The Value of a Scholarly Support System

You can’t do this thing alone. You can’t do this thing alone. You can’t do this thing alone. This is something that we as graduate students must constantly remind ourselves. Cutting to the chase, graduate school is no joke, and the only way to survive and thrive is to build and maintain a consistent support network.¬†

As I type this, I am sitting in the IMU computer lab (on a Friday night, might I add) for a study session with two fellow scholars, a second-year master’s student in my program (Higher Education Student Affairs) and a fourth-year Ph.D. student in journalism who is preparing for her qualifying exams coming up in two weeks. We three, along with a few other graduate students, have begun to study and write together regularly. As a matter of fact, we’ve been on top of it every day this week. Find us in the library in the graduate commons, the IMU computer lab, Rachel’s Cafe (which has THE best hot chocolate), or the Neal-Marshall Black Culture Center grinding, burning the midnight oil…taking care of our scholarly duties.

This support system is so important for so many reasons. One is accountability. Knowing that I am going to be with them for some hours out of the day consistently helps me to stay on top of my game. It’s so easy to say, “I’m tired, so I’ll study tomorrow… or the next day.” But, just when that thought begins to make itself comfortable in my head, I get that message in my GroupMe asking where we are meeting to study. I respond by packing my bag, grabbing a snack, and making my way to the study spot.

Secondly, this scholar support, as I like to call it, is a form of discipline for all of us. Discipline is another word for straightforward motivation. For instance, my friend who is studying for her qualifying exams looks to us to keep her motivated and on task so that she prepares efficiently and effectively. I look to our group for motivation to create my own deadlines and set out to accomplish a certain number of REALISTIC tasks during our time together.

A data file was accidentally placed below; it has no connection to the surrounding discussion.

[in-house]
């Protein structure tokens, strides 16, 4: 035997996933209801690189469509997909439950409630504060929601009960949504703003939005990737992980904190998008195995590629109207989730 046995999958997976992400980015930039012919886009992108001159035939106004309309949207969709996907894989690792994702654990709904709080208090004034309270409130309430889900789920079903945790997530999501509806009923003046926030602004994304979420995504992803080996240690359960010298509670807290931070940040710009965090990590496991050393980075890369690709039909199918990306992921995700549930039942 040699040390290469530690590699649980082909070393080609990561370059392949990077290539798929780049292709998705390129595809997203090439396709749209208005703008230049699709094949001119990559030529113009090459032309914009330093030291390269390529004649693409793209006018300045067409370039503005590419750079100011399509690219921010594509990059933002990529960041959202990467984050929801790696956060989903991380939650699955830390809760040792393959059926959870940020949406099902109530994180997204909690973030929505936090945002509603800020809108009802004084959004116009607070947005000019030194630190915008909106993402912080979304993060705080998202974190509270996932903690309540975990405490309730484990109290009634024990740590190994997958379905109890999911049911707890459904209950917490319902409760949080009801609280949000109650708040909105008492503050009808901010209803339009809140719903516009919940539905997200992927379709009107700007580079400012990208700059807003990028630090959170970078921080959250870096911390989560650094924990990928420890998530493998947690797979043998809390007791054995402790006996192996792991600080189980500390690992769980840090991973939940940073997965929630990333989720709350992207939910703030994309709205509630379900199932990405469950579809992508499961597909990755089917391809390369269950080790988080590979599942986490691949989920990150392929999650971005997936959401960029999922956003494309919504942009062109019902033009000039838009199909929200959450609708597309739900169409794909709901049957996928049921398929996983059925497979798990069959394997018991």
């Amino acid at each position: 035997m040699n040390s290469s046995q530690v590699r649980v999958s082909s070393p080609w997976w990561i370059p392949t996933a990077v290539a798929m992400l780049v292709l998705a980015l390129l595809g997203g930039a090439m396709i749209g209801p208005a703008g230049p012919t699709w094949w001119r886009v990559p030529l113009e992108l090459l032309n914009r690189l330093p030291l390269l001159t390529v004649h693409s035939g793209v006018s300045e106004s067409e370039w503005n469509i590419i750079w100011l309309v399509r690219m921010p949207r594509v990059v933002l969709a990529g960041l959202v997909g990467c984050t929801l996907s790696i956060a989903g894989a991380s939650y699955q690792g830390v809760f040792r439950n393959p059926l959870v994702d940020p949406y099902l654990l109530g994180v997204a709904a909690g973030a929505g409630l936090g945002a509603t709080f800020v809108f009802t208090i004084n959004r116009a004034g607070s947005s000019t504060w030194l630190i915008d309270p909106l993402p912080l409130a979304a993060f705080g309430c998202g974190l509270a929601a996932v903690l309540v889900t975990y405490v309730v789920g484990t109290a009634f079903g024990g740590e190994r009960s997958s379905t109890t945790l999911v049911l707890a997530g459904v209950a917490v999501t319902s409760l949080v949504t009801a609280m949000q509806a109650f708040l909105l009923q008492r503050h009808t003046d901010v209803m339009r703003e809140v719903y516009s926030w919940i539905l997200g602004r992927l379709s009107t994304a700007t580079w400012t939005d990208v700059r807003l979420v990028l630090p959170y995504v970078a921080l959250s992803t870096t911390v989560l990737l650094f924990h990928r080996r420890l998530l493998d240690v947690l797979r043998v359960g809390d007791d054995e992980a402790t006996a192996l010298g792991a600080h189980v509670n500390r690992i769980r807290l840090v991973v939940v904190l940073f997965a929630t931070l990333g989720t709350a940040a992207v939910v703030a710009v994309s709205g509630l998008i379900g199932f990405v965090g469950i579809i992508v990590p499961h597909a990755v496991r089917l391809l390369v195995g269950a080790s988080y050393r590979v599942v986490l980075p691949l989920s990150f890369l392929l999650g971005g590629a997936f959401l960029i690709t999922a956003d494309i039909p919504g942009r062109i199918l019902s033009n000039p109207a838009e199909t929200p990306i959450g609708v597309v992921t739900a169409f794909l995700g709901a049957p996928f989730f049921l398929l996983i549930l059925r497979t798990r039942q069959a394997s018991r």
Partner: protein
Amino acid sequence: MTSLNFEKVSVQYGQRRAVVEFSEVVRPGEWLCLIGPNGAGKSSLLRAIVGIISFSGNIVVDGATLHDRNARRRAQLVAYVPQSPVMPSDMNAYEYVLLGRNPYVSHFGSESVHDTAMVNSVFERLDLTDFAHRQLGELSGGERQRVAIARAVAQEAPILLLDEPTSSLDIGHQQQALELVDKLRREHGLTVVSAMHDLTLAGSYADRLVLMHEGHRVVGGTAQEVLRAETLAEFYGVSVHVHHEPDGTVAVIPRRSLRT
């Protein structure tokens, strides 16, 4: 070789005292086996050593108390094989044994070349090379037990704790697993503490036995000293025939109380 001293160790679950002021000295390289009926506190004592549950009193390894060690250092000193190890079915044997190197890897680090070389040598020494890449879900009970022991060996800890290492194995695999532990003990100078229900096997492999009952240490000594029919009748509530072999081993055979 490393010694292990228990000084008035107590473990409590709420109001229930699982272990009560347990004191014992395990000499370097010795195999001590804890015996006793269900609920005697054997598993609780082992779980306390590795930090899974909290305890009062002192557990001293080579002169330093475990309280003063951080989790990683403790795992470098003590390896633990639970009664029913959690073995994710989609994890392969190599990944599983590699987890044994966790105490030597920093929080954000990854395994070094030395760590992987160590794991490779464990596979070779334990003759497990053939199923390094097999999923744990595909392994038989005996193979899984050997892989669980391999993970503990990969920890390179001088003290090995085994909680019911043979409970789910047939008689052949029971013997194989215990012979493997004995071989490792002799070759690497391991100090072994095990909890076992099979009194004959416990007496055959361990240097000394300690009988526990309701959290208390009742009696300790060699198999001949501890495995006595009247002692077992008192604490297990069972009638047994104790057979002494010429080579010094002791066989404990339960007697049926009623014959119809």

Finally, these regularly scheduled study sessions reaffirm my reason for why I do what I do. In graduate school, we all have those moments when we question why we even bother reading an unfathomable amount of pages of research every day, or why we sit in 2-3 hour classes a couple times a week, or why we moved eight hours away from home to go to school for five or six…or even seven years to get a degree. These thoughts are normal! But joining your fellow scholars for a study session and watching them grind, in some ways, cultivates an “I got this” mentality that lets you know that you can do it.

So, when you enter graduate/professional school, I urge you to solidify that support system early on. Make sure you identify fellow scholars both within and outside your program who are committed to excelling and want to see you do the same. It will be nothing less than worthwhile! Now, back to work I go…:)